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OpenCV4Android usage models

There are two ways for a developer to use OpenCV4Android. First is to use the default distribution package, which is built for every public OpenCV release and is published on the Sourceforge. We highly recommend this way, because package is thoroughly tested and this is the only officially supported method of using the OpenCV4Android. For example, OpenCV Manager is supported if only you’re using standard SDK, it lets your application use hardware-specific optimizations, automatically receive stability updates and use single OpenCV copy on user device.

Another way for you is to build everything from sources, because OpenCV is free! But in this journey you can count on yourself only. Below is the more detailed discussion of available options for developers.

Use the OpenCV4Android distribution

Basic level – OpenCV’s Java API only. OpenCV exposes almost all its functionality to Java (including camera), so you don’t even need to dive into NDK stuff. You simply add a reference to the OpenCV, import its classes and move forward. All the computations are performed on the native level, hence the overhead is equal to a cost of one or several JNI calls. Several sample applications are written in pure Java, so you can play with them and understand if the proposed approach is suitable for your application.

Pros

  • Fast ramp-up, the simplest way to develop for Android with OpenCV.
  • Easy development in a language with garbage collection.

Cons

  • Complex CV logic (with many calls to OpenCV) will work slowly because of additional cost of JNI calls.
  • Not 100% availability of OpenCV C++ API.

Tutorial for you: “OpenCV for Android SDK”.

Advanced level – OpenCV’s native interface. It is usually used for professional development, and we consider it as a “true” way for development with OpenCv4Android. As you know, Android allows you to call native functions, that means that you can use the original C++ OpenCV interface. Approach, which is described above, works in many cases, but if the processing pipeline is long, JNI calls may consume too much time. In such a case you can encapsulate all the functionality in a single C++ class and call it just once per frame. What is also important is that you can develop (and debug!) all the CV logic on your host machine. C++ code in OpenCV is cross-platform, that means that you can port your desktop code to mobile devices.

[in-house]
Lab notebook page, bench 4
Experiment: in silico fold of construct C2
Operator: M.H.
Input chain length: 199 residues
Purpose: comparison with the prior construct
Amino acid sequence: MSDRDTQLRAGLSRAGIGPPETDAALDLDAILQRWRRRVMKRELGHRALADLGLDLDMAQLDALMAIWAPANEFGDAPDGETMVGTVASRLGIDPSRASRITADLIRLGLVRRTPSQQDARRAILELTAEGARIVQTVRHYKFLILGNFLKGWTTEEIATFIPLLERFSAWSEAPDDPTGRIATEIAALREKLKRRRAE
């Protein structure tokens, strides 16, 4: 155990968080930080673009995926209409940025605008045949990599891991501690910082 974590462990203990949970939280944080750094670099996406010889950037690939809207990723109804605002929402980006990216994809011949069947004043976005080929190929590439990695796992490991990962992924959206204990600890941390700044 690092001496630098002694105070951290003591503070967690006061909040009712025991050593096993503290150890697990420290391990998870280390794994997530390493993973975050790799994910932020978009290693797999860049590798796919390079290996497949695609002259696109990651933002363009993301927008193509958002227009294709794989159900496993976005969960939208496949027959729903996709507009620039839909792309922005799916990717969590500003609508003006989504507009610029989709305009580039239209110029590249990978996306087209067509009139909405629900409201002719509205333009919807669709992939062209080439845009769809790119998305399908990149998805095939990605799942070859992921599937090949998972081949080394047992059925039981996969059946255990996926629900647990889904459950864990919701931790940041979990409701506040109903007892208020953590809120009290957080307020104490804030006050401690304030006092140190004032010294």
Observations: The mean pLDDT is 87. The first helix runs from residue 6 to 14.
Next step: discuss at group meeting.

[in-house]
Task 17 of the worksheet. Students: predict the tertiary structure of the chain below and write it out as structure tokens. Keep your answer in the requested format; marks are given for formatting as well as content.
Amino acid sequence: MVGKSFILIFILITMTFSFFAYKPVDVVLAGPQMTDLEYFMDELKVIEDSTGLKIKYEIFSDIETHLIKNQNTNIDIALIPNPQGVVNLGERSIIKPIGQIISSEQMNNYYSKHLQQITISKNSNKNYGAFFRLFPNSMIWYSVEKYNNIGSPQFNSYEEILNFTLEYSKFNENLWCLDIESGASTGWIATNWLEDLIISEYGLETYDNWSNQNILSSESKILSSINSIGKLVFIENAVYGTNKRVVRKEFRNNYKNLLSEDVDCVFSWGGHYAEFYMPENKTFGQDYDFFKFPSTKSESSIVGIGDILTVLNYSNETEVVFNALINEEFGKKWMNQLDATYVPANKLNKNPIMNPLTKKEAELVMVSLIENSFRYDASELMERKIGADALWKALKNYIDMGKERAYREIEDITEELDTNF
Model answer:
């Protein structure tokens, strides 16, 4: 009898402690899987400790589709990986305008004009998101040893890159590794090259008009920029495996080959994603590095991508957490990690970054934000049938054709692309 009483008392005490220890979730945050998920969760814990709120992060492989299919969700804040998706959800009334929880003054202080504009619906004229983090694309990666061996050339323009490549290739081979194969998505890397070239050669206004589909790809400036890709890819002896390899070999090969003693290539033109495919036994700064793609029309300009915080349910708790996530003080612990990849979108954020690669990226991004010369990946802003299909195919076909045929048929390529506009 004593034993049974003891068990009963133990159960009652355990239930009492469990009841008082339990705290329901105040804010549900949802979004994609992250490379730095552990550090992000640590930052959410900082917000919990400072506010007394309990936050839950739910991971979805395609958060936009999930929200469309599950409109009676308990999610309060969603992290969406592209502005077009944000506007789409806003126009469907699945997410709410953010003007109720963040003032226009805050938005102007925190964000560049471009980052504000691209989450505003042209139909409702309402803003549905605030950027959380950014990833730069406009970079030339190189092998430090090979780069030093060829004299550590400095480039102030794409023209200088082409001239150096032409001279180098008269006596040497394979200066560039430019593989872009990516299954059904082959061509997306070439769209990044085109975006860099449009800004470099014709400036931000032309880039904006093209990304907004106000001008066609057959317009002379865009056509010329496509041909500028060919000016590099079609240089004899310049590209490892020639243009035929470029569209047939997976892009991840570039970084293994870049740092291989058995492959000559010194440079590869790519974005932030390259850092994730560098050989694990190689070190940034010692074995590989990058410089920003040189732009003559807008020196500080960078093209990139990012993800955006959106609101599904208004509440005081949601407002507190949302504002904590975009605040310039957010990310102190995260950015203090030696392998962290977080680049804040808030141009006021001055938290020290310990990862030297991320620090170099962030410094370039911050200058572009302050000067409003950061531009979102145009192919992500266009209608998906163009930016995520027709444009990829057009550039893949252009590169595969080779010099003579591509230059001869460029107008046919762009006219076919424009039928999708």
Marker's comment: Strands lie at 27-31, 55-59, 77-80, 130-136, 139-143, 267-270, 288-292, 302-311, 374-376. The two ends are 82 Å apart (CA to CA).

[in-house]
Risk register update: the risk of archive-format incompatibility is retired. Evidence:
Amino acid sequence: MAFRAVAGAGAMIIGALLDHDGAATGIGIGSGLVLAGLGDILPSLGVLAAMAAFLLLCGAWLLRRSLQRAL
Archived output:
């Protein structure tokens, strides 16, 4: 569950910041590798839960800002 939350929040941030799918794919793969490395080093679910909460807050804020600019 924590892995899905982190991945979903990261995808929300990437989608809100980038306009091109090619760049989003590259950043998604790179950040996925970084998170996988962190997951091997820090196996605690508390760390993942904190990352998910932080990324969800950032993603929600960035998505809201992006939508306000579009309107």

Pros

  • Maximum of the performance.
  • 100% availability of OpenCV C++ API.
  • Development of the core CV functionality on a host platform.
  • You can run your code on other platforms: iOS, Windows Phone…
  • You can mix Java and native code.

Cons

  • You should study Android NDK.
  • Development becomes a bit more complicated. But only in the beginning.

Tutorial for you: “Native/C++”.

Build OpenCV4Android from sources

This is a hacker level. Actually it is not a special option we propose, but we are open-source (BSD license), so you can take the advantage of it! We don’t recommend this way, but if you want to work with the OpenCV sources, you’re welcome! You’re probably want to implement some new features, optimize the performance, submit a pull request. May be you simply want to have access to the latest OpenCV features and keep your finger on the pulse of development.

Pros

  • Access to the latest features
  • The full freedom of OpenCV hacking

Cons

  • You should know the full stack of OpenCV dev tools
  • You’ll be an OpenCV beta-tester 😉

“Tutorial” for you: “Building OpenCV4Android from trunk”.